4. Allow me to state that when I did case work, I turned in someone whose kid had a bruised face every time she came in. When I asked about it, she told me that her boyfriend had a bad temper. Turned it in. The state did…nothing. She was angry, boyfriend was angry, and they made my work awful for a while. They only give a rip about people who are worried about losing their kids. The people who should lose their kids never see any consequences for their actions.

          3. Even if leaving the house for 20 minutes is neglect, it is hardly abuse. Goddamn motherfuckers.
            Most days I am very pleased not to have kids. It would be great in some ways to have some little monsters that I could teach to hate all the things I hate, but the possibility of having to face something like this is too much.

            1. I know. I remember the sense of terror I felt the first time I watched my buddy’s baby alone. I imagine that’s what the government wants us to feel every waking second as parents.

        2. This is all fine and good, but this particular story didn’t concern sexual harassment or child abuse. The student counselor violated the trust of the patient.

    2. “The next day, Gonzalez mentioned the incident to her therapist, a clinic student who helped treat her for depression. “I did something probably stupid,” Gonzalez recalls saying. Her therapist remained silent then, but a few hours later, Gonzalez’s phone rang.

      “I talked to my supervisor,” her therapist said, “and I explained to her what you just told me, and we have to call [Department of Children and Family Services].”

      The “therapist” was a student, and her supervisor may well be reacting to the law. There may be a problem with the law itself, here. It’s possible that a good therapist and supervisor following the law would have the same result.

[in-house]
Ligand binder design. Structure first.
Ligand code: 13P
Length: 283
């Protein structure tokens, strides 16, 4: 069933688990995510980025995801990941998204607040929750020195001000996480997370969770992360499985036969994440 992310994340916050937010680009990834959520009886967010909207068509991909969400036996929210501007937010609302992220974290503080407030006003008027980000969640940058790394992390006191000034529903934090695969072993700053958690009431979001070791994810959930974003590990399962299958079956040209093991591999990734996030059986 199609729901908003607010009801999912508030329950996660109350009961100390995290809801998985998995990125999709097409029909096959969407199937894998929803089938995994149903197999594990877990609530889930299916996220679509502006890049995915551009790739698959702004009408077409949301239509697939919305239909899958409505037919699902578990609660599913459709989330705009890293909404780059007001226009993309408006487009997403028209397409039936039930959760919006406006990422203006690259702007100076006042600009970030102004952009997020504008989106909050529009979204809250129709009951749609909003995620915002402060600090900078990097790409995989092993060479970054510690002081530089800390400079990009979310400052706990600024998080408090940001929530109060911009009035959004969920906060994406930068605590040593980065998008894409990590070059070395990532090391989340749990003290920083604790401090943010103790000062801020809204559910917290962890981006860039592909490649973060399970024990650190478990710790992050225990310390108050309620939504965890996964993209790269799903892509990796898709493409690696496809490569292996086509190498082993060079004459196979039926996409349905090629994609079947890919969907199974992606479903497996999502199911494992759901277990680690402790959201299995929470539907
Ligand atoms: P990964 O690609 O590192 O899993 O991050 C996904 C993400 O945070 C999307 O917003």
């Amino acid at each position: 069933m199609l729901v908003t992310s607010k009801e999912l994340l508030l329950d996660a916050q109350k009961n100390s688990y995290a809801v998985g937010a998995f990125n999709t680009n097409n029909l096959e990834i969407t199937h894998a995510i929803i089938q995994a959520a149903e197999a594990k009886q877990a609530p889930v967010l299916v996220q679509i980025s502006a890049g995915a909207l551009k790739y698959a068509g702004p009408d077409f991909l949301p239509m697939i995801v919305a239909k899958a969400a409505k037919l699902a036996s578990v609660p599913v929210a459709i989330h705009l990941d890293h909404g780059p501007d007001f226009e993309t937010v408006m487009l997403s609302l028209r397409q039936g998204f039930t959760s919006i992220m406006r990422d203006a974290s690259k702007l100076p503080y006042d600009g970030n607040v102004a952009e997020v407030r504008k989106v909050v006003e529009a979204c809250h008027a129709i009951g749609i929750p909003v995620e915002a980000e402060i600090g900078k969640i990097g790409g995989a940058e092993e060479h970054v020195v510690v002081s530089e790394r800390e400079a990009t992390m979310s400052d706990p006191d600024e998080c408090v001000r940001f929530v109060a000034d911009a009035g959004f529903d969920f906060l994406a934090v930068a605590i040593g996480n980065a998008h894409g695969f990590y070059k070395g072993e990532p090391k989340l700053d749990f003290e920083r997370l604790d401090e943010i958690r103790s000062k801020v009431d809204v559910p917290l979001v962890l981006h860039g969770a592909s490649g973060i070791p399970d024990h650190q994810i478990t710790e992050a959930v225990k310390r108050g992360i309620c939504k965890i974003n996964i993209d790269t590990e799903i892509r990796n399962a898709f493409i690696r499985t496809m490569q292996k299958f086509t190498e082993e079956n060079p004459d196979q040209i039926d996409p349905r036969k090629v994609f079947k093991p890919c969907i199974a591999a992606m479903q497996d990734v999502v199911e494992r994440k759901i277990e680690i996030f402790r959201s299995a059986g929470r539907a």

It may be that this is what the law was intended to do. Sometimes laws stink, and they need to be repealed.

      1. This time with the link:

        http://mashable.com/2014/09/24…..parenting/

      2. Yep, that’s what the law was intended to do. In Illinois there’s an exception to therapist privilege in the case of suspected child abuse. The student was acting under her supervisor’s license as an agent.

        1. It takes a village.

    3. Because fuck you that’s why.

      Or because the lawyers in the legislature exempted themselves from this shit?

      1. In their slight defense, the attorney-client privilege is a much older common law concept than the therapist-patient privilege, which originated in the last hundred years. I highly doubt that’s the motivation, though; more like the kind of person who chooses that line of work is the kind of person who thinks the government can solve problems. How many social workers become social workers because families should receive deference?

        1. I call them anti-social workers.

        2. “The kind of person who chooses that line of work is the kind of person who thinks the government can solve problems.”

          I got to write this down. Absolutely true.

    4. In PA we aren’t required to report if a crime is going to happen, it’s discretionary with the attorney in that situation. And only in cases involving the threat of death or serious bodily injury.

  5. One of the kids was 8! That’s old enough to babysit the toddler for at least an hour!

    1. I have friends that babysat kids up to 1

      1. *12 years old.

    2. Not in the eyes of the law.

      1. The law, sir, is an ass.

        Unfortunately, the fucking bastards have the power.

  6. The next day, Gonzalez mentioned the incident to her therapist, a clinic student who helped treat her for depression. “I did something probably stupid,” Gonzalez recalls saying. Her therapist remained silent then, but a few hours later, Gonzalez’s phone rang.

    “I talked to my supervisor,” her therapist said…

    This is not a therapist, this is a social worker. Don’t smear an entire profession by confusing it with one of the most fucked-up professions in existence.

    1. The difference between a social worker and a “therapist” is no visible to the naked eye. And that’s a problem right there.